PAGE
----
Windows 11 is live – here’s how to upgrade

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The day we’ve all been waiting for is here. Windows 11 is finally available. Windows 11 succeeds Windows 10 and what Microsoft called ‘the last Windows you’ll ever need’. Okay, maybe we haven’t all been waiting for it. If you use a Mac you might not even know what a Windows is and why people are making such a big fuss about it. And some people are making a real big fuss about it. 

Congratulations! It’s a… Windows 11

Starting today, Windows 11 began rolling out to all supported devices. Like when Windows 10 rolled out, if you have a supported device you will at some point see the upgrade in Windows Update. To check if the upgrade is available for your device, head to Windows Settings (Win key + i) > Update & Security > Windows Update. If it is then it would probably be a good idea to backup any essential files, just as a precaution, make sure your laptop is plugged in or fully charged and click Download and install.

If you don’t see it there and are itching to try out the new OS, you’re in luck. There are a few other ways to install it. They all rely on the fact that you have a supported device. It used to be a bit of a process for you to check but it’s recently become a lot easier. Download Microsoft’s PC Health Check app and that should tell you if your current device is supported — or why it’s not.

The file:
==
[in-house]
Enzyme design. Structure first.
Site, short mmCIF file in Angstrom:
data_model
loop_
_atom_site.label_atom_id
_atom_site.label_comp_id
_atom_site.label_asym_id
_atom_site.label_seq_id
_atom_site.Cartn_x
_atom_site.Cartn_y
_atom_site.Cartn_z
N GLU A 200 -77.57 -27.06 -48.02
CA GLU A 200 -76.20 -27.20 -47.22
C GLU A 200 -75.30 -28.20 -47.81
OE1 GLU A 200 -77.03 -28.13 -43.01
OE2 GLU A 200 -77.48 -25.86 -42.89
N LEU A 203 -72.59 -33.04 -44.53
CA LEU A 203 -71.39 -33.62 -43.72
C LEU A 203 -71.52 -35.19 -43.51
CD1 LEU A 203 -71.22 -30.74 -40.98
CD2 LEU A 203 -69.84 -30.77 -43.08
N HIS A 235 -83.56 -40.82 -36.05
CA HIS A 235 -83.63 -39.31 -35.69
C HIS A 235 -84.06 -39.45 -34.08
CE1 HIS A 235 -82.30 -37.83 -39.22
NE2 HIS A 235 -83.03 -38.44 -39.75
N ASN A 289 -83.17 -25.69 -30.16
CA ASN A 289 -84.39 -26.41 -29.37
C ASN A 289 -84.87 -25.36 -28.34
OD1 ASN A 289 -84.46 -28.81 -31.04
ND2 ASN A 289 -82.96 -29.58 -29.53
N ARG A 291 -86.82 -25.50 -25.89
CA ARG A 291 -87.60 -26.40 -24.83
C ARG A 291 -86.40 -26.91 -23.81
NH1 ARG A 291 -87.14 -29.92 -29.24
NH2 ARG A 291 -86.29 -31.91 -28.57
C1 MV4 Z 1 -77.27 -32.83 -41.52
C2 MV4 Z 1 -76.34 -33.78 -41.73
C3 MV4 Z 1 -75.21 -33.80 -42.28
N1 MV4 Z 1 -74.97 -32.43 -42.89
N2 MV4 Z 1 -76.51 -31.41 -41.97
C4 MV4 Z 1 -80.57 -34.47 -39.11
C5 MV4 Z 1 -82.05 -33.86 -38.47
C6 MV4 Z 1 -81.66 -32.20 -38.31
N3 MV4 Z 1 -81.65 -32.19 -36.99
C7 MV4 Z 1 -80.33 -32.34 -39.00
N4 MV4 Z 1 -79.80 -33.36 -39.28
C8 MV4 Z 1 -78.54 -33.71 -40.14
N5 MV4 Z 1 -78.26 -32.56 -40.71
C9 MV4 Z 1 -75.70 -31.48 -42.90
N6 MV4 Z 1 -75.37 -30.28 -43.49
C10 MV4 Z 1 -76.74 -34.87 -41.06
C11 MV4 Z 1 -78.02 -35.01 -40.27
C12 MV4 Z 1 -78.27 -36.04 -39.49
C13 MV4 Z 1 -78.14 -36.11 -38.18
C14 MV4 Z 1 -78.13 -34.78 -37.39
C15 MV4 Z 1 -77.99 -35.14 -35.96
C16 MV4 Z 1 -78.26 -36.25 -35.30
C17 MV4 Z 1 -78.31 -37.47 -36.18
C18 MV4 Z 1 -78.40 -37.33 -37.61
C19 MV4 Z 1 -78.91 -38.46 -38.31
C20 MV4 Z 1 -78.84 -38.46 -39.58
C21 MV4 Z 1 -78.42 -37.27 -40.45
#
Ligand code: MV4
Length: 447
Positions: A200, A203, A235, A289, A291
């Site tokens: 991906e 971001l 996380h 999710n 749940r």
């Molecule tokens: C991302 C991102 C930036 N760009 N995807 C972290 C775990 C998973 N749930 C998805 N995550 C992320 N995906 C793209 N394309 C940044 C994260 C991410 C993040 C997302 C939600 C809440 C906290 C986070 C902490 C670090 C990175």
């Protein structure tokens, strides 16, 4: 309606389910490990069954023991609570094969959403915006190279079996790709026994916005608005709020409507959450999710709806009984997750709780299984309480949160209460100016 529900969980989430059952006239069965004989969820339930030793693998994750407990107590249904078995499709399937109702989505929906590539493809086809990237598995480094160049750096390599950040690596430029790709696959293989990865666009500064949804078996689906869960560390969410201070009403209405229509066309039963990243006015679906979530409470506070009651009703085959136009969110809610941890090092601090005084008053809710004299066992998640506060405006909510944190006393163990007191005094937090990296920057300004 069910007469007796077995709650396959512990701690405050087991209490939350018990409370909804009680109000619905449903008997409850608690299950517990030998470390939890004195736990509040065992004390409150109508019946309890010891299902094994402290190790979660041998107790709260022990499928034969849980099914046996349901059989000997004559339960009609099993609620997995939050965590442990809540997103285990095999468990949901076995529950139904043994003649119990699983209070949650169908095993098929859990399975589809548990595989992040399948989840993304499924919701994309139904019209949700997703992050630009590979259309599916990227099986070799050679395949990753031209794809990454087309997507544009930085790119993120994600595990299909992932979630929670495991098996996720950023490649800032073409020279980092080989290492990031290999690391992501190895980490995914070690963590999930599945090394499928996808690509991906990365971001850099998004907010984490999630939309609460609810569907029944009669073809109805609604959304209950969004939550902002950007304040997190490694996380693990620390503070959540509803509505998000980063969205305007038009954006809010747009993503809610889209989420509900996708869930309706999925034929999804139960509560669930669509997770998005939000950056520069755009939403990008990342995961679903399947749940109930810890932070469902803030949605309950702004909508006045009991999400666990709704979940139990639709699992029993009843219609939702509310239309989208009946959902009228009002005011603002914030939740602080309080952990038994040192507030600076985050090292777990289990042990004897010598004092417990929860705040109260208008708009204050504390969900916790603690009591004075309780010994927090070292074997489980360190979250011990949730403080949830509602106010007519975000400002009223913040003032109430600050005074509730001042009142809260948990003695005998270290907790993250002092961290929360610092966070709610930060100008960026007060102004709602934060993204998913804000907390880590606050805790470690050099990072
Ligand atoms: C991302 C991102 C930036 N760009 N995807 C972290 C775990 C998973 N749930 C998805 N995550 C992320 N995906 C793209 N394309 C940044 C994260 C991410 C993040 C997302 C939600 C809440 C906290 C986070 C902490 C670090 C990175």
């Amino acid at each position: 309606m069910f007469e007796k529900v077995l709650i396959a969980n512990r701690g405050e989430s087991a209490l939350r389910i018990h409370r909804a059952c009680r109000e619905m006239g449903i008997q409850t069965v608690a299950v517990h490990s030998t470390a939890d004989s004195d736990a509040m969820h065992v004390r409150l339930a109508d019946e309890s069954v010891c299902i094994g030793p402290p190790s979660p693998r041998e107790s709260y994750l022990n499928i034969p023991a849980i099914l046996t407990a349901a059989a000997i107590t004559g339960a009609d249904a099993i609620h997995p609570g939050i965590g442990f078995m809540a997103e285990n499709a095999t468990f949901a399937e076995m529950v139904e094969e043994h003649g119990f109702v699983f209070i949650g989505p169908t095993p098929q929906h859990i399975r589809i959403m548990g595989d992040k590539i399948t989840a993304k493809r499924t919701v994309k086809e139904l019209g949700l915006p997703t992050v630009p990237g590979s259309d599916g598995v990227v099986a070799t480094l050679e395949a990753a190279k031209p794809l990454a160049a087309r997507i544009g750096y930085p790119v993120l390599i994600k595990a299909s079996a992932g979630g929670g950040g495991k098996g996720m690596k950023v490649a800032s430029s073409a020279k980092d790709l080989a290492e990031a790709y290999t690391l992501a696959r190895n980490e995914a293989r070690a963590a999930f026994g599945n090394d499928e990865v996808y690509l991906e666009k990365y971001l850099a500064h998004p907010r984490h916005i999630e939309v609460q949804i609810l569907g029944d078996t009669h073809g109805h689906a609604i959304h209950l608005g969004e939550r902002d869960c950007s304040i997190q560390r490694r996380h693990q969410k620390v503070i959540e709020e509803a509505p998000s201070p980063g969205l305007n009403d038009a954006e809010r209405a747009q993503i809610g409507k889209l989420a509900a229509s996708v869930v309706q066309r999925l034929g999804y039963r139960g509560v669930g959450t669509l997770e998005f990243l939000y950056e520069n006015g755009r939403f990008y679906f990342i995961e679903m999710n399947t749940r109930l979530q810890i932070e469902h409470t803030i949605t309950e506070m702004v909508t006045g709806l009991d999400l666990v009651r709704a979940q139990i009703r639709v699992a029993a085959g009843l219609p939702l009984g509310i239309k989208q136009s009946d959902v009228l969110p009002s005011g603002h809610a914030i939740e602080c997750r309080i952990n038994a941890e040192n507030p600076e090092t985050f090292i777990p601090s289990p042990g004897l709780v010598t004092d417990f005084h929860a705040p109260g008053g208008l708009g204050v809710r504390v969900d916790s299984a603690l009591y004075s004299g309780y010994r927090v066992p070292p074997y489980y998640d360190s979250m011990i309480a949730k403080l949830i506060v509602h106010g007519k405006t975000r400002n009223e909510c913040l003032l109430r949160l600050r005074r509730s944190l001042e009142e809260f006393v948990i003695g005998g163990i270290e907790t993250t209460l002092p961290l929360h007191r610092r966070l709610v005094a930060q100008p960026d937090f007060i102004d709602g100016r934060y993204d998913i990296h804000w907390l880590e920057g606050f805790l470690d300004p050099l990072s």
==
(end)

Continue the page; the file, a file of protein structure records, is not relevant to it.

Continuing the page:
When in doubt, ask for help

If you get the go-ahead from the Health Check app, you can speed up the process with the Windows 11 Installation Assistant. Head over to the Windows 11 download page and under Windows 11 Installation Assistant, click Download Now. Once downloaded, run the Install Assitant and follow the on-screen instructions.

You might’ve seen other download options on the download page, those are also available but not recommended if you don’t know your way around creating bootable drives. As mentioned previously, you are able to bypass the protection and install Windows 11 as a clean install, even on PCs that might not satisfy all of Microsoft’s requirements. Doing that, however, will mean you forfeit any and all opportunities for support from Microsoft and your Windows build will not receive important updates or security patches.

If all of this sounds like too much hassle for you, or you have reservations about being one of the early adopters and want to wait for Microsoft to iron out all the potential kinks, you have until 14 October 2025 to keep using Windows 10.

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I've been interested in tech for as long as I can remember. A few facts about me; I learnt how to code when I was 5, I helped Mark Shuttleworth develop Ubuntu when I was 9 and now I write for a tech publication. Only one of those facts is true. I also have a drama degree, hence the writing.

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